As of 2016, the FBI has classified animal cruelty acts as Class A felonies allowing them to be tracked in the same database category as arson, rape, and murder.
The system is called the National Incident-Based Reporting System
NIBRS is not only a way to stop cases of animal abuse but also help identify people who might commit other violent crimes.
“It’ll give us an idea of how many animal cruelty cases we have,” said Deputy Chief Bowers. “How many we’re getting and convictions so it’s just going to give us a way to target those crimes just like we will all the crimes.”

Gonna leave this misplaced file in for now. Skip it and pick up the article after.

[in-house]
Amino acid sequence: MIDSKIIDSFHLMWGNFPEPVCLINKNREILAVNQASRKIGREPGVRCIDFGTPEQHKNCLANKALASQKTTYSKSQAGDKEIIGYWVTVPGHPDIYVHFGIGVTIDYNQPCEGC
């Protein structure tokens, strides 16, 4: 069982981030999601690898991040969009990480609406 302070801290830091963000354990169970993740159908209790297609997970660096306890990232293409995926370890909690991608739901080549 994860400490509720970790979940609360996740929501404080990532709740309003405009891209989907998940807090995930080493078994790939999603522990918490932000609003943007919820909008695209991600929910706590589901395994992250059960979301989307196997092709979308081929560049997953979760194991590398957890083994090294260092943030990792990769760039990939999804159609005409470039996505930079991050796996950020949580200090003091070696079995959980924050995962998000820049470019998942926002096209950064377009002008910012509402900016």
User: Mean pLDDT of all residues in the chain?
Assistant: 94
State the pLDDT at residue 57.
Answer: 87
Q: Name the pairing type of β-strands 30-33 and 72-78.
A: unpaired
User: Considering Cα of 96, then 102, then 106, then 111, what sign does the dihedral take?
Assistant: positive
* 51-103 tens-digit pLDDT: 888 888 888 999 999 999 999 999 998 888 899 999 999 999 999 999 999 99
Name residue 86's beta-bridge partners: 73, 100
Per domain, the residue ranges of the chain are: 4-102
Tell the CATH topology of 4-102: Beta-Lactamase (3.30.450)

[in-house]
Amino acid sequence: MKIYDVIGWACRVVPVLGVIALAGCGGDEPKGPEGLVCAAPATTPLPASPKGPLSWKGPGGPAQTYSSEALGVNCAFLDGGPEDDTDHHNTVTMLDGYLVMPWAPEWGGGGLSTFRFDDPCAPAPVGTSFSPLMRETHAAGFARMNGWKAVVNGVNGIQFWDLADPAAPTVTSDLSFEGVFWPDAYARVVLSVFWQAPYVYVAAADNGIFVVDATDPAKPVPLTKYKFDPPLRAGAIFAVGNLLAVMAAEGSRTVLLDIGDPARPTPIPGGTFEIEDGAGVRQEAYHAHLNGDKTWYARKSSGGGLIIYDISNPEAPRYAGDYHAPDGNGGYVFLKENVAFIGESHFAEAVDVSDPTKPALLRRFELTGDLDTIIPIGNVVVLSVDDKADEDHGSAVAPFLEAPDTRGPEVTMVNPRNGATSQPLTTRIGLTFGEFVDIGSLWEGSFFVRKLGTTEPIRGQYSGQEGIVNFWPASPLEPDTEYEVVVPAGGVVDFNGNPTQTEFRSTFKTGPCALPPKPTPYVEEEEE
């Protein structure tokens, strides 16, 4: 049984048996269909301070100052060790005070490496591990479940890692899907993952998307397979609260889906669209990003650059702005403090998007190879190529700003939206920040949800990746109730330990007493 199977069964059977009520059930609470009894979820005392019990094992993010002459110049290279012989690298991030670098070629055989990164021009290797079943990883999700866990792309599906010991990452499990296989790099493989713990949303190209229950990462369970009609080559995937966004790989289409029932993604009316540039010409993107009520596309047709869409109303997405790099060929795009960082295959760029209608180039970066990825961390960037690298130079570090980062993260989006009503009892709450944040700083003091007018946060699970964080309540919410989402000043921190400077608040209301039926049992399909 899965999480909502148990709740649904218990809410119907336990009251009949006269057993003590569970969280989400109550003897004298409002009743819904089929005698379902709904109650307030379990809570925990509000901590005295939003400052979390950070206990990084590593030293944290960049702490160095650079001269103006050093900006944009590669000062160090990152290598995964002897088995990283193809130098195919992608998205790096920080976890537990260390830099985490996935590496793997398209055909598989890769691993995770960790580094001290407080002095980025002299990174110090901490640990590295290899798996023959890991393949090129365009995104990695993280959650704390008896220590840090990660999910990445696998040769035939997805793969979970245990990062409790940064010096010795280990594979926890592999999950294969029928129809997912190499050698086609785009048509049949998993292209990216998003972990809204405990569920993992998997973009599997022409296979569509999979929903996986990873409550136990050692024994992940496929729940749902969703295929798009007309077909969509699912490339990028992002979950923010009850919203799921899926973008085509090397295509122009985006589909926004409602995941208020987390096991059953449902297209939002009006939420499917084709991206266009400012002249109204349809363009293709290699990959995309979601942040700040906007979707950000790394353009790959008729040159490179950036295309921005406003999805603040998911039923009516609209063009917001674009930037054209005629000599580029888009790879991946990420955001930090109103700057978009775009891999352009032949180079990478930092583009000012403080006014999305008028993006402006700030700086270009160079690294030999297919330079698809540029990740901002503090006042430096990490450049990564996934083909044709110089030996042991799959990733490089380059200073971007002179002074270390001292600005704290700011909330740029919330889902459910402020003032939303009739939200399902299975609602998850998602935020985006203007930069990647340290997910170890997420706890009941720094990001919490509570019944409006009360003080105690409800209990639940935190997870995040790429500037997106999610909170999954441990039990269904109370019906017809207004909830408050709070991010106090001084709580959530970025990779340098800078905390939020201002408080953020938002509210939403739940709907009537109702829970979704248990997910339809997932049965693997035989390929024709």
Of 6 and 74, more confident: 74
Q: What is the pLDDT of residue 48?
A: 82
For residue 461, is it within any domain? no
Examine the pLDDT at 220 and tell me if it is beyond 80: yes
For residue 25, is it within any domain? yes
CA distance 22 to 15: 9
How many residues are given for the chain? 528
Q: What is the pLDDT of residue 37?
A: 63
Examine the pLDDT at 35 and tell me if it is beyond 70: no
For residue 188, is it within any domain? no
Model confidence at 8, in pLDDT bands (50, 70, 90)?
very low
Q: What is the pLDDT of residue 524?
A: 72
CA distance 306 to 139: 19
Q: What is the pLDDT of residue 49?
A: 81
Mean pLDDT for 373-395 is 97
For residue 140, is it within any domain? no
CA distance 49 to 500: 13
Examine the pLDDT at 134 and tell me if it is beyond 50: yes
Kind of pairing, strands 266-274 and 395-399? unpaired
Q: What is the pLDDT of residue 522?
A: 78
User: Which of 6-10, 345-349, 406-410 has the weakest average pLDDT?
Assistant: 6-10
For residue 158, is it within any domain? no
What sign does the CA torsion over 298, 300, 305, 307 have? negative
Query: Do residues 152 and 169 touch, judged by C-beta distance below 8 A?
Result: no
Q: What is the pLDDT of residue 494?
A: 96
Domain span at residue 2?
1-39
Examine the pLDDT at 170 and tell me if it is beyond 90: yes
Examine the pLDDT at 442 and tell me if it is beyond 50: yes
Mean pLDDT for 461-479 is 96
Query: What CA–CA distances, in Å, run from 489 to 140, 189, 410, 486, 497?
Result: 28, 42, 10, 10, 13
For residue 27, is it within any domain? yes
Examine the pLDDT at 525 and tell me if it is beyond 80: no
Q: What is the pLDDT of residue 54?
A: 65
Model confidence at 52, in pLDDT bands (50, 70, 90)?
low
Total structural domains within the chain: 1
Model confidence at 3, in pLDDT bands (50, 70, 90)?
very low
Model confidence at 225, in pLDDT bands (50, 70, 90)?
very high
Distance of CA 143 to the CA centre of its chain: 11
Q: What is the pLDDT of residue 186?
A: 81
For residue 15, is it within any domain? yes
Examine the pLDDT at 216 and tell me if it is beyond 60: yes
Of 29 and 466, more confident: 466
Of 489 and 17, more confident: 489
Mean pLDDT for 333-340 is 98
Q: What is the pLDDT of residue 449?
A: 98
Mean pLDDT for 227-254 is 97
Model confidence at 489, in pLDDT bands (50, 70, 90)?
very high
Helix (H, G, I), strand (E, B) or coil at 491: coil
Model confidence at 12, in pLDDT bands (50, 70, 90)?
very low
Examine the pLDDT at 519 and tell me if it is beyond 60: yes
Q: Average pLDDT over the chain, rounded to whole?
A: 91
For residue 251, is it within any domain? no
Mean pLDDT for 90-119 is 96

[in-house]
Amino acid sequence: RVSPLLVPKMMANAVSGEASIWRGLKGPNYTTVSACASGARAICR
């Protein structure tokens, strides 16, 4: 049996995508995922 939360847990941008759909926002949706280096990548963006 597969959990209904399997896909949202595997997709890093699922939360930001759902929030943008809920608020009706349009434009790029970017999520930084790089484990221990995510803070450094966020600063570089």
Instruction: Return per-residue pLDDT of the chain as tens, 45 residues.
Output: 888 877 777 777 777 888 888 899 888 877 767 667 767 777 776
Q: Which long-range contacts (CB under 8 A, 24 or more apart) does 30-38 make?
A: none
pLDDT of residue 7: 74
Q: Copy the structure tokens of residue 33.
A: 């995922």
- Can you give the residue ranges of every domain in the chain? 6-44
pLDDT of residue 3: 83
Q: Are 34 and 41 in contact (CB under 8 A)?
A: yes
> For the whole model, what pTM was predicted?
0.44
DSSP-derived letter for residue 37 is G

Although the FBI uses NIBRS to track animal cruelty, not every state has the same laws.
“In fact, it’s the very first crime listed alphabetically is animal cruelty,” said Bowers.
But a recent push by two congressmen could make animal abuse a felony nationwide, pulling them under the same umbrella.
And anyone convicted could face up to seven years in prison.